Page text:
Madvuto James (real name withheld) couldn’t help but notice what looked like a build up of ice along the shore of the Lake Malawi during one of his morning walks.
When he got closer Monday morning, he realized it wasn’t ice. Hundreds of dead fish floating belly up lined the shore near Livingstonia Beach in Salima.
“I didn’t know what to think,” said the 23-year-old Salima resident. “I thought something had been spilled or there was some kind of disease going around.”
The problem isn’t only in Salima. People have been reporting dead or dying fish along the shoreline in Mangochi and as far north as Nkhatabay for weeks.
Thousands were seen listlessly floating or struggling to swim on their side downstream in the Lake Malawi shoreline Monday.
According to Malawi’s Department of Fisheries in the Ministry of Agriculture, Irrigation and Water Development, dying of the fish locally known as “chambo” and “usipa” is normal for this time of the year.
Salima is the central-most extent of the chambo and usipa’s range, said ministry spokesperson. When temperatures drop they become physiologically stressed and many die.
“They die in the winter due to cold stress and they show up on shore,” she said.
He said the massive winter mortality rate is pretty common as the fish is a warm water species. Yet, it’s not uncommon to have similar instances happen throughout the summer with temperature fluctuations.
There shouldn’t be a cause for concern, said the spokesperson, as the fish will eventually deteriorate, wash back into the lake and be eaten by wildlife.
He advised people to keep away from any dying or rotting fish.
“It’s just a shame how they are dying right in front of me here, suffering,” James said, pointing to a group of fish wedged beside a large rock near a boat dock.
“The ones that are alive are wiggling their tails to try and swim back out again, but they’re too weak.”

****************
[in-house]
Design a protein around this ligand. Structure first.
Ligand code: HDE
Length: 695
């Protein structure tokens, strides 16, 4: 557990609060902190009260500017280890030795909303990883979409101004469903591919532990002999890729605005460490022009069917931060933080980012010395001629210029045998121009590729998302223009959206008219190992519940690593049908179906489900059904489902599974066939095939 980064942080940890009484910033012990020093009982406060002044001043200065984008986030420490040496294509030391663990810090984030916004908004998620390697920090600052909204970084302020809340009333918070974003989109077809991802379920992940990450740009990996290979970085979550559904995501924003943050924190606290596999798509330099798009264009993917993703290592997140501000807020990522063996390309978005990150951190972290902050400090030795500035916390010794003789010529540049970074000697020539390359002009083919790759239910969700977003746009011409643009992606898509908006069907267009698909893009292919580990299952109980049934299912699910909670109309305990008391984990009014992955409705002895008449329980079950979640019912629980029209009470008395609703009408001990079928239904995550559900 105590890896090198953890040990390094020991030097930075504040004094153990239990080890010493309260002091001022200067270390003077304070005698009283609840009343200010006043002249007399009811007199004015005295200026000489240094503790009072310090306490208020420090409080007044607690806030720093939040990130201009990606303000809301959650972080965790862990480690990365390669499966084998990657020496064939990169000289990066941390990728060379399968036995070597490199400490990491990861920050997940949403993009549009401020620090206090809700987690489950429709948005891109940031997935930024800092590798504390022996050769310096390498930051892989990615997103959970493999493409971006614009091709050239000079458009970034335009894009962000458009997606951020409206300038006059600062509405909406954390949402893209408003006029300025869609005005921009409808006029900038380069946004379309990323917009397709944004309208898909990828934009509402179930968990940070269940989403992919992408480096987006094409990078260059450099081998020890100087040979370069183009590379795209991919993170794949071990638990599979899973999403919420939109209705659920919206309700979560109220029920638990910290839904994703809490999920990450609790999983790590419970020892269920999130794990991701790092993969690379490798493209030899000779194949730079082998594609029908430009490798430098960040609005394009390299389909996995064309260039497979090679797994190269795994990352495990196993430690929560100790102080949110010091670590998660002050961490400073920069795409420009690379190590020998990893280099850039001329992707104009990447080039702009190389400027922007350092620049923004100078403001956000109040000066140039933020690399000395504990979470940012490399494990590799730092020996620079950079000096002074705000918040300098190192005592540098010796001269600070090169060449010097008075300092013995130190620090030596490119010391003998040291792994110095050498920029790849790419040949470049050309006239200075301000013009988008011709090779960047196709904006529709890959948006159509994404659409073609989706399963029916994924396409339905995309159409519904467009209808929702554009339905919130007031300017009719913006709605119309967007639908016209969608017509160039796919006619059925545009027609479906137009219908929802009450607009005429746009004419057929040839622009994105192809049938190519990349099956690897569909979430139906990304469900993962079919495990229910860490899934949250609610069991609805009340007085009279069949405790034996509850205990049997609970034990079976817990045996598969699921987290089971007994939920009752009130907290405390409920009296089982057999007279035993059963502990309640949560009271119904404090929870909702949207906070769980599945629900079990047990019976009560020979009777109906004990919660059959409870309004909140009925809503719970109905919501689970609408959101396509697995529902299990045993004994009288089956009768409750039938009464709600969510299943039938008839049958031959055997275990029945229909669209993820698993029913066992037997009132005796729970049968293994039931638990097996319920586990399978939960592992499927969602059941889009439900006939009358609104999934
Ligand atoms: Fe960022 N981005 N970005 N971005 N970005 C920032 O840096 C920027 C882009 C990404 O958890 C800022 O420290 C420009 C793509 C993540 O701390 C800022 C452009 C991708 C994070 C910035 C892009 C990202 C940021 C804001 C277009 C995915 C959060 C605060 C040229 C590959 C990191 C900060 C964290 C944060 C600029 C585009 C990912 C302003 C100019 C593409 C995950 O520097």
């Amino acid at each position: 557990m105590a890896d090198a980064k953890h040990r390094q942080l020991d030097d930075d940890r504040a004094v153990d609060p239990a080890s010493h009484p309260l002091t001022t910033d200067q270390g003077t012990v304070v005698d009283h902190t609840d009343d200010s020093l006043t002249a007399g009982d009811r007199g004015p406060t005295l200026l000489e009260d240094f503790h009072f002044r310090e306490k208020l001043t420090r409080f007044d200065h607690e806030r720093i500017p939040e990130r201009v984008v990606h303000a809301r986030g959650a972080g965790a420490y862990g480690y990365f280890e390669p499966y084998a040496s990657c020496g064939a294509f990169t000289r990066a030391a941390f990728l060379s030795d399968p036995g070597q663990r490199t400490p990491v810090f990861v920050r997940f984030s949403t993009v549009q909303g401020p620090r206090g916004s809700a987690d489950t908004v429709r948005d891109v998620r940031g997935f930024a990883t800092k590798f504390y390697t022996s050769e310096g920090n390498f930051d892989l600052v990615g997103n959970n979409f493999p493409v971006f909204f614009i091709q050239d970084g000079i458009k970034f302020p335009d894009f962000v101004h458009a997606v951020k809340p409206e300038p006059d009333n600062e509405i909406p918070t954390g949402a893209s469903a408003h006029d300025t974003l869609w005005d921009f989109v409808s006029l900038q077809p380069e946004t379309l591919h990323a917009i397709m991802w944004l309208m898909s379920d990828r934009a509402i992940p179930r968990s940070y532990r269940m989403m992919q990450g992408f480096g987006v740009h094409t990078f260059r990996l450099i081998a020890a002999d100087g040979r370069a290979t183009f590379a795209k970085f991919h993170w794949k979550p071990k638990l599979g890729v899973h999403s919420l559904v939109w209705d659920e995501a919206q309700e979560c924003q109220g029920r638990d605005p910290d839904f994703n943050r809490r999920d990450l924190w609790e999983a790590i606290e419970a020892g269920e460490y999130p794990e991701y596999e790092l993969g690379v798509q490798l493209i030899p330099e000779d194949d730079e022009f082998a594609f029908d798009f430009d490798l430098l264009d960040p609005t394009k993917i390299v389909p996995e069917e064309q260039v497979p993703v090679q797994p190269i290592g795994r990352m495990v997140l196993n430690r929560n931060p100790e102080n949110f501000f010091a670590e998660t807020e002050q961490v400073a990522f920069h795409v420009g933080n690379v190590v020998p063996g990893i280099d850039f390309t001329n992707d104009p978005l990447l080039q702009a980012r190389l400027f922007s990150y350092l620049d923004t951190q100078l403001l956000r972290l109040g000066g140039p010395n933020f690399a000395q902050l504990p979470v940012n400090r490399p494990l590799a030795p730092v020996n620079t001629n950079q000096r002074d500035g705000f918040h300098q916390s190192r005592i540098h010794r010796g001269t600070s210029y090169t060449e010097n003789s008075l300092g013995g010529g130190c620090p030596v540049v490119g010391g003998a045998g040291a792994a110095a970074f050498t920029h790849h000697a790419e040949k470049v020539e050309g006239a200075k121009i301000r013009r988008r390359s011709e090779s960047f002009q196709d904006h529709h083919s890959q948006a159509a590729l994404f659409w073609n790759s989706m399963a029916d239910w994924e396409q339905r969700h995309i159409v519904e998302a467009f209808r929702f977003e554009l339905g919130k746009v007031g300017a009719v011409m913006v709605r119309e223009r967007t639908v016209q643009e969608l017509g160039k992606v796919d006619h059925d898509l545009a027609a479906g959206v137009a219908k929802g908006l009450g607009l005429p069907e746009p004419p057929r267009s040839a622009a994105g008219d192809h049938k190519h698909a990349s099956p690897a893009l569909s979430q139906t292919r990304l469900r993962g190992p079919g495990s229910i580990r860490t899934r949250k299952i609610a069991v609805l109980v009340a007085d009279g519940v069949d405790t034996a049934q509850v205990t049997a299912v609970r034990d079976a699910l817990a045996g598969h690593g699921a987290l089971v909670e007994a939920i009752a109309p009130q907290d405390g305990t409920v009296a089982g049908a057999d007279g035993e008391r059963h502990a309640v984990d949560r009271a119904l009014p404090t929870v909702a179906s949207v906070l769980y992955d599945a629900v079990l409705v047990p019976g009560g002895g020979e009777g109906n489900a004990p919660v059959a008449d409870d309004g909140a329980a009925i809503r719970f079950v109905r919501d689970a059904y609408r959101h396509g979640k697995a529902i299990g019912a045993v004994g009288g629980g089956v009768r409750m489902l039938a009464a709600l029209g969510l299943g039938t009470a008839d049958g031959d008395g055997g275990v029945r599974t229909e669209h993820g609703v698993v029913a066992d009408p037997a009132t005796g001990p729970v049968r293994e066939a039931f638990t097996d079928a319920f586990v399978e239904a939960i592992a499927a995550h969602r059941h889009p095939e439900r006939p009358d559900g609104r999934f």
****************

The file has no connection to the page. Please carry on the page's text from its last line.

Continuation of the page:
He said he watched the fish come down the shore for about three hours Monday and said the ones that were still alive didn’t last long — about 25 minutes, he estimated.
Another local angler, John Yona, said he wasn’t buying the ministry’s explanation and that he’s reconsidering eating the fish he catches from the lake.
“I think for a while I’ll be discouraged. I’ve just never seen so many like this before,” he said.
He continued by suspecting foul-play from the Tanzanian side of the lake due to the current tension and wrangle for the lake.
“I don’t understand why the government would decide to put as in the dark over this issue as if we are all kids, our forefathers died here and we have never seen anything like this before. We need the government to assure us of our safety because here in the lake shore districts, fish is our only source of income and food.”
The two countries have long been at loggerheads over their frontier on the lake where each of the impoverished nations hopes to find oil.
Malawi claims ownership of the entire northern part of the lake under an 1890 agreement, while Tanzania disputes this, insisting part of the lake falls within its borders.
The contentious part is a largely undeveloped swathe of the lake, where Malawi has awarded a licence to British firm Surestream to explore for oil in the northeastern waters near Tanzania.
The 29 600km² body of water is Africa’s third-largest freshwater lake and lies in the Great Lakes system stretching along the East African Rift.